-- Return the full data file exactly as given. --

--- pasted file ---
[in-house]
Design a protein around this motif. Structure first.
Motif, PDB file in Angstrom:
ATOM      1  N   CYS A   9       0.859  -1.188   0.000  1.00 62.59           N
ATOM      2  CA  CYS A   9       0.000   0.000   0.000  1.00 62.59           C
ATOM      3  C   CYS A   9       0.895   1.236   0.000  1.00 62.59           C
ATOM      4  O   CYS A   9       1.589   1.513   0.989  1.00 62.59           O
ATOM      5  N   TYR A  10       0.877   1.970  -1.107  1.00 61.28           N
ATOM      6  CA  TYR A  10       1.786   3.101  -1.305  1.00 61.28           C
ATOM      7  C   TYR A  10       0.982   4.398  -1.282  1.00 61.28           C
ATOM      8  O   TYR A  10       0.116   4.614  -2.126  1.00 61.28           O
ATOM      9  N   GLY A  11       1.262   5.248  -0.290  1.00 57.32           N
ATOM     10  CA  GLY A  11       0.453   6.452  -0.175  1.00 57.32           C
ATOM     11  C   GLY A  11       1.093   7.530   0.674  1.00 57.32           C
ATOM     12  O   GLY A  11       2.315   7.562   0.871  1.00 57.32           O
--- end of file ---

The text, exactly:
[in-house]
Design a protein around this motif. Structure first.
Motif, PDB file in Angstrom:
ATOM      1  N   CYS A   9       0.859  -1.188   0.000  1.00 62.59           N
ATOM      2  CA  CYS A   9       0.000   0.000   0.000  1.00 62.59           C
ATOM      3  C   CYS A   9       0.895   1.236   0.000  1.00 62.59           C
ATOM      4  O   CYS A   9       1.589   1.513   0.989  1.00 62.59           O
ATOM      5  N   TYR A  10       0.877   1.970  -1.107  1.00 61.28           N
ATOM      6  CA  TYR A  10       1.786   3.101  -1.305  1.00 61.28           C
ATOM      7  C   TYR A  10       0.982   4.398  -1.282  1.00 61.28           C
ATOM      8  O   TYR A  10       0.116   4.614  -2.126  1.00 61.28           O
ATOM      9  N   GLY A  11       1.262   5.248  -0.290  1.00 57.32           N
ATOM     10  CA  GLY A  11       0.453   6.452  -0.175  1.00 57.32           C
ATOM     11  C   GLY A  11       1.093   7.530   0.674  1.00 57.32           C
ATOM     12  O   GLY A  11       2.315   7.562   0.871  1.00 57.32           O